- Region: Cantabria
- Nearest town/village: Liencres
- Declared a Natural Park: 1986
- Point of Geological Interest and SCI (Site of Community Interest) in 2006
- Park surface area: 195 hectares
Points of interest
The Dunas de Liencres Natural Park is located at the mouth of the Pas river (Ría de Mogro) close to the town of of Liencres in the central area of the Cantabrian coast. The area is made up of coves, two beaches, a large maritime pine plantation and one of the most important dune systems in Cantabria.
The two main beaches are Valdearenas (golden, fine sand and dunes) and Canallave, which is oriented to the Northwest and is very popular with surfers. Behind the beaches are the dunes, greatly influenced in their shape and form by the prevailing winds.
The pine forest of Liencres
Planting of this forest commenced in the 1950s and continued into the 70’s with mostly maritime pine (Pinus pinaster) and to a lesser extent stone pine (Pinus pinea) and Monterrey pine (Pinus radiata). This, of course, has had a fixing effect on the once movebale dunes and in turn has created a recently new habitat for local wildlife.
Beaches and dunes
The beaches and dunes have scarce vegetation cover due to the special characteristics of the substrate (composed of loose sand, poor in nutrients and with a high salt content) and the climate (with strong winds). The vegetation presents special morphological and physiological features to adapt to a salty environment that does not retain water. These features are reduced and fleshy leaves and a greater development of the root system. Some of the species present are sea chard (Beta vulgaris), spurge (Euphorbia peplis), European searocket (Cakile maritime), prickly saltwort (Salsola kali) and knotgrass (Poligonum maritimum).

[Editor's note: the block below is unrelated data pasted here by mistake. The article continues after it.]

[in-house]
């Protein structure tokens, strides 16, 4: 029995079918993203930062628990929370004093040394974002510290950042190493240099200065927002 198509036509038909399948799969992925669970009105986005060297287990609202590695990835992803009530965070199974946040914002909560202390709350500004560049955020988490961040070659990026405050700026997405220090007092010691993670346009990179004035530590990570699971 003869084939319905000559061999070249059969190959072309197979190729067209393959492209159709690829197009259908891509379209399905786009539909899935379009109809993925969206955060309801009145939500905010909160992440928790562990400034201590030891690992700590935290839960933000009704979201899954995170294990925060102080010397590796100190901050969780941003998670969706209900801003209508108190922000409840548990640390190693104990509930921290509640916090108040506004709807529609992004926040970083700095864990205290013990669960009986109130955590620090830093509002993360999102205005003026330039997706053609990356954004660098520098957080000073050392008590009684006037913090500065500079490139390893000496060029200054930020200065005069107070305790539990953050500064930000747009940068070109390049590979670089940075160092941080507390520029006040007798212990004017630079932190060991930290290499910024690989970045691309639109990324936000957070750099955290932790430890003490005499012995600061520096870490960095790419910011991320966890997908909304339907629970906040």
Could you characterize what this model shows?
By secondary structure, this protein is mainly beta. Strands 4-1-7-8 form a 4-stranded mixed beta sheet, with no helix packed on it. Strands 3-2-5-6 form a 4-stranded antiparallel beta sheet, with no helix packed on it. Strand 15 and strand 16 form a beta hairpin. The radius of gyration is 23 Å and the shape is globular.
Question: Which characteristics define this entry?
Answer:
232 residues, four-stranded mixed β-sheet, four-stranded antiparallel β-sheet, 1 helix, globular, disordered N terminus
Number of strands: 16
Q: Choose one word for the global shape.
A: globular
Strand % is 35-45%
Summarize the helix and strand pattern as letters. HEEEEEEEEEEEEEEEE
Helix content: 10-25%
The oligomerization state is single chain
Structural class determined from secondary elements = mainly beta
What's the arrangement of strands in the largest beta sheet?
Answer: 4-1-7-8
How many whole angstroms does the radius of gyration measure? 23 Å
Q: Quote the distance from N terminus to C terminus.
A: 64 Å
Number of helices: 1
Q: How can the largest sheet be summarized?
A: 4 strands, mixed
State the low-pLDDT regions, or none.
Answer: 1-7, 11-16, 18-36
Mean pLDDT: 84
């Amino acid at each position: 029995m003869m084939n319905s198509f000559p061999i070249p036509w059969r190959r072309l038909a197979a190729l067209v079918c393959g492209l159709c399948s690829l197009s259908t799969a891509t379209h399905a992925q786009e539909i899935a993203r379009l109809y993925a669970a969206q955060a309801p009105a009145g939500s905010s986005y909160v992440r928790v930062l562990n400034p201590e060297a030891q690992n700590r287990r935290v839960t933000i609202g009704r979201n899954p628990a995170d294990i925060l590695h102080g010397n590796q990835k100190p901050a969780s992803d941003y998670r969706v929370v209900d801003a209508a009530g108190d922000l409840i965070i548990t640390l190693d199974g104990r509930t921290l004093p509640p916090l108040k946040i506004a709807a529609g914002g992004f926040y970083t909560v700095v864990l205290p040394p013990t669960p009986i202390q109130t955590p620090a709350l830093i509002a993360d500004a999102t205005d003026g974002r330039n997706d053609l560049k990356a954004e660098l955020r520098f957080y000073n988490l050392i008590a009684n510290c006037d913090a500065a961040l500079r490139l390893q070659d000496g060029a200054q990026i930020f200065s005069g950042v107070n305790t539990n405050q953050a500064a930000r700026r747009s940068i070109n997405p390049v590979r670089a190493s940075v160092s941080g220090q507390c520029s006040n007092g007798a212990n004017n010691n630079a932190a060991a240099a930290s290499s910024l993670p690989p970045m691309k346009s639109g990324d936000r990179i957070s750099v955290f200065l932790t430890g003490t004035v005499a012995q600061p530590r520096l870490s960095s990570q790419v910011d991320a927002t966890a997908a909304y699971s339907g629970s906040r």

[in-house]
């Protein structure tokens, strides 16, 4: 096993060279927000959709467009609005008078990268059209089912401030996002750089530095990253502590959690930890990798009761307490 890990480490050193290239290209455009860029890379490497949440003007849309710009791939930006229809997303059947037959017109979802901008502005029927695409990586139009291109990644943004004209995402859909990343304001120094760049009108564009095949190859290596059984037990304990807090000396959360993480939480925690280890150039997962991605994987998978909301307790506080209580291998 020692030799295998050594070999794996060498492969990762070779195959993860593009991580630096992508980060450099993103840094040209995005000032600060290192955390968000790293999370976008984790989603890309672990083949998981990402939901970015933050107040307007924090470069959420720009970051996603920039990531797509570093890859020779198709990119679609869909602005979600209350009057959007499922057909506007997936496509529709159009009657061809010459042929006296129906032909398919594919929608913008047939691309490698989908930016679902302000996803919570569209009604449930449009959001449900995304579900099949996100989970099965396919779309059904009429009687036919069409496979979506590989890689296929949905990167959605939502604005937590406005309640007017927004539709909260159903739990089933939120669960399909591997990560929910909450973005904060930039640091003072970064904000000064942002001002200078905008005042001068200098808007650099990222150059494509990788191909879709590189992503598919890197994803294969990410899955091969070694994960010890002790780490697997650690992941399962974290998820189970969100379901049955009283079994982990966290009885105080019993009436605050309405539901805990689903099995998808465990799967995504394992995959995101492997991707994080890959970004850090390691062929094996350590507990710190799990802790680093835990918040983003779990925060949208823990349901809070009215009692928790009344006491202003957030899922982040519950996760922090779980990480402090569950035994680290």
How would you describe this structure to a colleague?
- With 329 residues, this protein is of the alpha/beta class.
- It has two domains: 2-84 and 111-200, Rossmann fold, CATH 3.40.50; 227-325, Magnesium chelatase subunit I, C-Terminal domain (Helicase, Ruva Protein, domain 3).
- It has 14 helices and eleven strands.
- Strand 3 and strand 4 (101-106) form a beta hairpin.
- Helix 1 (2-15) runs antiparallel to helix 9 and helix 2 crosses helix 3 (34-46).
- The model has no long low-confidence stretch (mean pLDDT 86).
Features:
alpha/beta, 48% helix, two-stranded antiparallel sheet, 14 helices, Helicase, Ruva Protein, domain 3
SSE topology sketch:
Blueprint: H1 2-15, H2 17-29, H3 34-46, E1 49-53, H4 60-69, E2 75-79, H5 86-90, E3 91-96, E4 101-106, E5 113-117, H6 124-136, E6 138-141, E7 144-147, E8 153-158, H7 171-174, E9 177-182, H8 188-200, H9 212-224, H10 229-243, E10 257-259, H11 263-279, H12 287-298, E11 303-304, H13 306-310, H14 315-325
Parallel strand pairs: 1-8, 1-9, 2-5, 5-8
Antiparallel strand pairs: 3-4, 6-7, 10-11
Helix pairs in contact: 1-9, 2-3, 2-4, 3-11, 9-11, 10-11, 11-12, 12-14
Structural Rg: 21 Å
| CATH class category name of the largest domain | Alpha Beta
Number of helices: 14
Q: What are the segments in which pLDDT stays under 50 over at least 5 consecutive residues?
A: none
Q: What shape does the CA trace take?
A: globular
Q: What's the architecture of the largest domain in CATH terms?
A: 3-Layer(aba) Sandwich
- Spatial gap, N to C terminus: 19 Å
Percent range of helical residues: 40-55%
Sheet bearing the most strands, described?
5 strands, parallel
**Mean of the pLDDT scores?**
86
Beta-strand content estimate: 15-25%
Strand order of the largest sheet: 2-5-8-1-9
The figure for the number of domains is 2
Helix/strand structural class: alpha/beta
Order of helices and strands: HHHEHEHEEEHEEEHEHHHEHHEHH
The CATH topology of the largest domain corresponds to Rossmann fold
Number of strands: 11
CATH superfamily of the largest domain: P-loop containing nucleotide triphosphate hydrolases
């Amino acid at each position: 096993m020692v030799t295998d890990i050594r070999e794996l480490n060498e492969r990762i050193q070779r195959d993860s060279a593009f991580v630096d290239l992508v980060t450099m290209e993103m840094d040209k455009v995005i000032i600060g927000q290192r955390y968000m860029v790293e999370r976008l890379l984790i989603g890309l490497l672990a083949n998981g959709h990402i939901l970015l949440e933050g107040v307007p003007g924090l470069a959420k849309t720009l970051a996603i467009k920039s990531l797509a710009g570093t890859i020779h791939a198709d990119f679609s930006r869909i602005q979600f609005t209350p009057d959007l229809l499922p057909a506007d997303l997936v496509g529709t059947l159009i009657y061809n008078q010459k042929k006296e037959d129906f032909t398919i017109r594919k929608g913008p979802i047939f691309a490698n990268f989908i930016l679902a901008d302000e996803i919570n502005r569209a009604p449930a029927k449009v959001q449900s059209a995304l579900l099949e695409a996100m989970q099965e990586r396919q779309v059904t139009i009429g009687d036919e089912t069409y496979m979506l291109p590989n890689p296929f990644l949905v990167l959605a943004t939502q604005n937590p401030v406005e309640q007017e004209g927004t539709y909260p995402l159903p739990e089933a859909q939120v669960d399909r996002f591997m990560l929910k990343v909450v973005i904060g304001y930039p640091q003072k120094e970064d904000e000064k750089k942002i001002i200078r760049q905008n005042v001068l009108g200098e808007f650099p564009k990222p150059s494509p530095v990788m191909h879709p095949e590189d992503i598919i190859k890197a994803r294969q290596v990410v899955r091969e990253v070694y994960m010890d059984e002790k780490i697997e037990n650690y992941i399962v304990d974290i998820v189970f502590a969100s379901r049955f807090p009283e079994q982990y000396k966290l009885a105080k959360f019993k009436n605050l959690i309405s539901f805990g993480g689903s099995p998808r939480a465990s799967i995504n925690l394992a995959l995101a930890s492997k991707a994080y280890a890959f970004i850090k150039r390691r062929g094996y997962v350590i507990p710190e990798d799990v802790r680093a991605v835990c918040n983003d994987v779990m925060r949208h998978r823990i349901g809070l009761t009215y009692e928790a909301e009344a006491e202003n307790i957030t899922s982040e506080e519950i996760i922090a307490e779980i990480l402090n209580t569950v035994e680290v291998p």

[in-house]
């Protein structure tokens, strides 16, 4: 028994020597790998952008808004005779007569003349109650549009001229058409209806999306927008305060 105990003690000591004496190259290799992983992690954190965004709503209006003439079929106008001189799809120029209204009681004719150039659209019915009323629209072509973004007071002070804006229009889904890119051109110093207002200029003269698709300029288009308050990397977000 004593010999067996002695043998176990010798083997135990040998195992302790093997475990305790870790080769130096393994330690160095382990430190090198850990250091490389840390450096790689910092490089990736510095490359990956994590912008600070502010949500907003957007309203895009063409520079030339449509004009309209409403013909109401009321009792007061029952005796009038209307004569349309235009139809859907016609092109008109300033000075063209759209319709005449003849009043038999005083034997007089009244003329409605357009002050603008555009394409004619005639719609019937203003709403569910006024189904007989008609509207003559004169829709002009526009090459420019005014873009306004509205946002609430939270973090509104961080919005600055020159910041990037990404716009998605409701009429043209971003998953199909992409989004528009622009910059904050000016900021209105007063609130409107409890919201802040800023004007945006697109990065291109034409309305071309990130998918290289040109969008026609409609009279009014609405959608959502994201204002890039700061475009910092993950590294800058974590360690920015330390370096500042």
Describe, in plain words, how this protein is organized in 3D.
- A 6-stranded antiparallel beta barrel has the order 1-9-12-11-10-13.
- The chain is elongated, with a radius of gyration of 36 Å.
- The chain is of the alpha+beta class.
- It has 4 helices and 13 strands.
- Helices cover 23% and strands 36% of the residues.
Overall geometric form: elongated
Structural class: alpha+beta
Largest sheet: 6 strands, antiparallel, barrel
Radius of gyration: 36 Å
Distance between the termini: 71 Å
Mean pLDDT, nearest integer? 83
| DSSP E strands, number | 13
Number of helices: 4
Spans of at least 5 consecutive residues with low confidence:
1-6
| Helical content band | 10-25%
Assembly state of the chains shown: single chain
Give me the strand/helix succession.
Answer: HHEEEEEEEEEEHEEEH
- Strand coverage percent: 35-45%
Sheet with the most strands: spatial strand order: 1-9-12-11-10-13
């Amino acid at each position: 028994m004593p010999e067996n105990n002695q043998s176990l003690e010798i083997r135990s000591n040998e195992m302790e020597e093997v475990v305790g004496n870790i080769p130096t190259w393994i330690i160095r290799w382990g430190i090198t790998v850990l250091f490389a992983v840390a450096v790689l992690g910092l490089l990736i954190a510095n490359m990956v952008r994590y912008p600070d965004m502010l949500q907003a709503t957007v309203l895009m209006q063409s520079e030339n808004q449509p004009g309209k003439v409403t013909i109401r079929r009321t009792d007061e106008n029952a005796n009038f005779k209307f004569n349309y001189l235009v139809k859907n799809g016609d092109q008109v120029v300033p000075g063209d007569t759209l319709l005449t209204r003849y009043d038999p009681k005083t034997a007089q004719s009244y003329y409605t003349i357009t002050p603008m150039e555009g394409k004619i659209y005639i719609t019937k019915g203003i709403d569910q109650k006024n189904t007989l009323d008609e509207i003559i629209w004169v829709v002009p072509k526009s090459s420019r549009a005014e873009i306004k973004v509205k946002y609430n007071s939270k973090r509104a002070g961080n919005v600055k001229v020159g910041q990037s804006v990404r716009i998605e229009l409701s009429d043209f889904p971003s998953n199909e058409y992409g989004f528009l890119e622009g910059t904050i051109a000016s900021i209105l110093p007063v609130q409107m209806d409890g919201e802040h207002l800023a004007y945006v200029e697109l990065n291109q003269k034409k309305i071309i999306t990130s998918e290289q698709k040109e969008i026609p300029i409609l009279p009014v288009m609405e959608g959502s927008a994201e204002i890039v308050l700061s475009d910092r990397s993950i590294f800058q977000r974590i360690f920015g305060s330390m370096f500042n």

The estuary area at the mouth of the river Pas is a haven for both sedentary birdlife and passage migrants.
Also in the area
Piélagos is one of the most attractive areas of Cantabria for archaeological research and since the end of the 19th century, numerous sites have been discovered in the different towns.
The Altamira cave is 270 metres (890 feet) long, discovered by a hunter in 1868 it is famous for its magnificent prehistoric paintings and engravings. It can be found around 30 kilometres (19 miles) west of Santander.
Address: Museo Nacional y Centro de Investigación de Altamira Marcelino Sanz de Sautuola, S/N 39330 Santillana del Mar
If you want to visit the Altamira museum the information is on the official website.
The Cueva de Santián in Arce is of great interest and has Paleolithic paintings in the form of clubs or hands vertical and parallel. It was discovered by Alcalde del Río in 1905. Also in Arce there are other prehistoric caves such as Cobalejos and El Mato as well as a medieval necropolis around the church of San Julián in the village of Velo.
Find a hotel close to the Dunas de Liencres Natural Park
This natural park does not have a dedicated information centre but you can find out more in any of the local municipal tourist information offices and if you are staying close to the city of Santander then the main tourist office there will be able to give you more information.
There are various information boards along the routes through the forest and dunes detailing wildlife in the area.
The tourist information website Cantabria Infinita is also of some help
The Grazalema Guide
The best way to see all our web projects in one place is over at the Grazalema Guide.
The Grazalema Guide – Tourist Information Portal for the Sierra de Grazalema, Wildside Holidays, the town of Ronda and the Caminito del Rey.